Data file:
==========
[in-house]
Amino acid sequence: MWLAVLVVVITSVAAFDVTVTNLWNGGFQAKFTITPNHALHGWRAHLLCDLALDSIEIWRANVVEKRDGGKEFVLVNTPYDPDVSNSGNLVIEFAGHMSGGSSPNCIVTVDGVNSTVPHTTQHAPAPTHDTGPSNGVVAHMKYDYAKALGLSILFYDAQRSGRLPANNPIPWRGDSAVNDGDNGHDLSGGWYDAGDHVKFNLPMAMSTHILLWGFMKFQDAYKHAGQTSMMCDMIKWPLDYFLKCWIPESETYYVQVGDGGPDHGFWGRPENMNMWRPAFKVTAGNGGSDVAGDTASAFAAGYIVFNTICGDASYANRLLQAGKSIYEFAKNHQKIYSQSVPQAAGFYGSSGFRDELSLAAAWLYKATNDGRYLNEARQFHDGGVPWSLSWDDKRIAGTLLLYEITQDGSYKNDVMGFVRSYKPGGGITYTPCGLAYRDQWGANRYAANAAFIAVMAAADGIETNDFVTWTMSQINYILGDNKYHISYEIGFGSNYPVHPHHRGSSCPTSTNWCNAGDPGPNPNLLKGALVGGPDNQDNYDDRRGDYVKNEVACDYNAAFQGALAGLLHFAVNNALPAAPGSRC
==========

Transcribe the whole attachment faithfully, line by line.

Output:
[in-house]
Amino acid sequence: MWLAVLVVVITSVAAFDVTVTNLWNGGFQAKFTITPNHALHGWRAHLLCDLALDSIEIWRANVVEKRDGGKEFVLVNTPYDPDVSNSGNLVIEFAGHMSGGSSPNCIVTVDGVNSTVPHTTQHAPAPTHDTGPSNGVVAHMKYDYAKALGLSILFYDAQRSGRLPANNPIPWRGDSAVNDGDNGHDLSGGWYDAGDHVKFNLPMAMSTHILLWGFMKFQDAYKHAGQTSMMCDMIKWPLDYFLKCWIPESETYYVQVGDGGPDHGFWGRPENMNMWRPAFKVTAGNGGSDVAGDTASAFAAGYIVFNTICGDASYANRLLQAGKSIYEFAKNHQKIYSQSVPQAAGFYGSSGFRDELSLAAAWLYKATNDGRYLNEARQFHDGGVPWSLSWDDKRIAGTLLLYEITQDGSYKNDVMGFVRSYKPGGGITYTPCGLAYRDQWGANRYAANAAFIAVMAAADGIETNDFVTWTMSQINYILGDNKYHISYEIGFGSNYPVHPHHRGSSCPTSTNWCNAGDPGPNPNLLKGALVGGPDNQDNYDDRRGDYVKNEVACDYNAAFQGALAGLLHFAVNNALPAAPGSRC